Wednesday, April 16, 2014

Heard: "Cocktail Waitress" by James M. Caine

Heard: Cocktail Waitress by James M. Caine, 2012,

A work of love by Charles Ardai.  Ardai has a nice afterword about how he first picked up a Cain novel when he was a 18-year-old college freshman.  He read that book and every other Cain book he could find.  As an adult Ardai heard about an unpublished novel and kept asking people.  Max Allan Collins told him about the unpublished Cocktail Waitress and Ardai found the novel in Cain's papers at the LOC.

I got way too carried away with plot rundown.  Skip the rest if you like.

Joan Medford is narrating her story into a tape recorder.  She was only 21 [or about that age] when her abusive drunk of a husband is killed driving drunk.  Joan's husband was unable to hold a job and left her and her toddler son with a mortgage, unpaid and turned off utilities, and no money in the bank.  Joan is forced to let her rotten sister-in-law care for her son.  Joan left home when she was a teen and has no job skills.

Joan is under suspicion by a cop who investigated her husband's car wreck.  That cop's partner gives Joan a line on a cocktail waitress job. Cop introduces Joan to restaurant owner and Joan's memory and her big breasts land her the job.  Joan and co-worker Liz wear skimpy outfits and no bras.  Liz does some part-time prostitution and cocktail waitresses of the time (set in the 1960s) are considered by many people to be prostitutes anyway.

Joan meets a rich guy who tips BIG.  Joan meets a handsome young guy with no dough.  Joan needs to support her son.  The rich guy's daily tips get the house's water, electric and phone turned back on.  Rich guy says, "Come to my house.  I have a beneficial task for you."  Joan is picked up by Rich Guy's chaffeur, driven to Rich Guy house, given a check for $50,000, and driven off.  That's weird.  But, Joan takes the money and buys off her home and buys the house across the street as a rental.

Rich Guy is super hot for Joan and goo-goo eyes for her.  Rich Guy is old and repulsive to Joan but she plays him along.  Rich Guy has angina and his doctor says, "No sex or you'll die."  Joan figures, "That could work" and they are pre-engaged.

Joan also chats with Handsome Young Guy.  Handsome Young Guy takes Joan to the Wigwam Club Restaurant with it's chaise lounge booths hidden by curtains and served by prostitute "waitresses".  Joan is hot and very bothered by Handsome Rich Guy but runs out in her shirt, raincoat and bare skin when she thinks of the money she would throw away by not staying with Rich Guy.

Anyway.  Joan and Rich Guy marry.  Rich Guy's heart won't stop him from pawing on Joan.  Joan thinks, "Eww, yuck!" but says, "Darling, your heart!  I don't want a dead husband!".  Rich Guy is frustrated.  Rich Guy sees new doctor who prescribes treatment that would allow sex.  Joan says, "Your new doctor is a quack!"  Rich Guy screws a "masseuse" and says, "Ha! Told you!"  Joan says, "It's  not the same.  You love me so much your emotions will drive your heart to seize!  Screw hookers and you'll live.  I can face this if you can, dear."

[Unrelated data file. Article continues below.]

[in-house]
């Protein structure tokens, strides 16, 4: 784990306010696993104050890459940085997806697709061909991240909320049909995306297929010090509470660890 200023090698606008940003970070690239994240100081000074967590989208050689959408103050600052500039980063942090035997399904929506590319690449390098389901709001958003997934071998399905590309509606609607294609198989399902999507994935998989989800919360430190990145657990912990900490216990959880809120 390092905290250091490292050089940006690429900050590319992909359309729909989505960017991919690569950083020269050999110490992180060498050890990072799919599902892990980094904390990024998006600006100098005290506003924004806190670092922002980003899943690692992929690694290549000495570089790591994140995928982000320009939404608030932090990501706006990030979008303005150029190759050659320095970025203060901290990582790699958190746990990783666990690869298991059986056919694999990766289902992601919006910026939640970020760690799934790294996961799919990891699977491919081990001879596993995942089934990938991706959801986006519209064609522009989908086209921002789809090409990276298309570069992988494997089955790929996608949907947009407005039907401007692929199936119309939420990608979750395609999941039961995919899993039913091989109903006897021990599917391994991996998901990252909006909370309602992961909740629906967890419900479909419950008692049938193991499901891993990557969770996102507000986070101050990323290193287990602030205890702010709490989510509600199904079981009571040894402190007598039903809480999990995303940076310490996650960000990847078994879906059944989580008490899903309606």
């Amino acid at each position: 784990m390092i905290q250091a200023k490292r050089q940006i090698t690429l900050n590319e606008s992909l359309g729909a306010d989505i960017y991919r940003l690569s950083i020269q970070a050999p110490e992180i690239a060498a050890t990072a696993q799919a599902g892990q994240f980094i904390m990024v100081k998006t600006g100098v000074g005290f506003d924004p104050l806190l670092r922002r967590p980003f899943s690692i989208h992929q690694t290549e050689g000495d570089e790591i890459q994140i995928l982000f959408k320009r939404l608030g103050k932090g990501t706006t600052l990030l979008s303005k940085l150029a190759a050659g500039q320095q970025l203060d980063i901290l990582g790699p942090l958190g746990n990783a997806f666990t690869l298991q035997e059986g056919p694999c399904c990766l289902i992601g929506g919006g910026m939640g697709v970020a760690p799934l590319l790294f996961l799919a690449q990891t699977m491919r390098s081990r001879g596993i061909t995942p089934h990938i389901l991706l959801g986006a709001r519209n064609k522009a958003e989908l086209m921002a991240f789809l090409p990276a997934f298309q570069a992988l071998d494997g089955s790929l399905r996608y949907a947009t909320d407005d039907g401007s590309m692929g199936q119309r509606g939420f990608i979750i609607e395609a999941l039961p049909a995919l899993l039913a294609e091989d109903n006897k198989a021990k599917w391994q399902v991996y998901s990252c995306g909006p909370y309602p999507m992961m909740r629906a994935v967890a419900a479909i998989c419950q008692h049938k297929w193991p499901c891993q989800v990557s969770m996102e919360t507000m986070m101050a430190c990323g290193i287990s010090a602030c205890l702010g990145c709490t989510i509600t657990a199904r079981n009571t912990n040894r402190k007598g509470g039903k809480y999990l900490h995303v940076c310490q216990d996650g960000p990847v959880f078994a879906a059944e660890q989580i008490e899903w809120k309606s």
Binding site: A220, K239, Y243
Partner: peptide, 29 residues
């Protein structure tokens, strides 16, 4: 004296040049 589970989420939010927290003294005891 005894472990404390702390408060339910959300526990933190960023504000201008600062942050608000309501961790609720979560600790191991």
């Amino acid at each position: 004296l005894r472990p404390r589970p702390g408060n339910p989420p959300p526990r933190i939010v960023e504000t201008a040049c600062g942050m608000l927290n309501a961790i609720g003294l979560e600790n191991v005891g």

Rich Guy dies anyway.  Suspicious cop thinks Joan did it.  Suspicious cop finds evidence of poisoning.  Handsome Young Guy and Joan shag.  Handsome Young Guy kills himself after Joan skips out in the morning.  Handsome Young Guy had poison at his pad and takes the (dead)fall for Rich Guy's death. Joan inherits the house and a ton of money.

1.  Joan tells the story.  I trusted her at first.  Then the coincidences pile on.  There is a better chance she is a total liar and killed all three men. Men trusted her, including the cop, but all those men were struck by her beauty and sex appeal.  According to Joan all sorts of men were hitting on her.  Her attorney.  Her dead husband's doctor.  The police. The cocktail bar customers. 
2.  Is Joan telling us, "I'm so lovely.  Men want me.  Women hate me.  But, I'm just an innocent girl struggling to feed and care for her son.  Cry for me."
3. Cain wrote this in 1975 shortly before he died.  Cain kept fiddling and changing things around.  Cain did not mark which draft was the latest and greatest and Ardai did his best to put together the final product as he thought Cain would.

4. Gratuitous Thalidomide.
5.  Ardai's afterword has a nice talk about Cain's lasting impact even though he was considered a literary loser at the time.  A junk writer who sold sex and violence.
6.  I've emailed Ardai a couple times to say thanks for Hard Case Crime.

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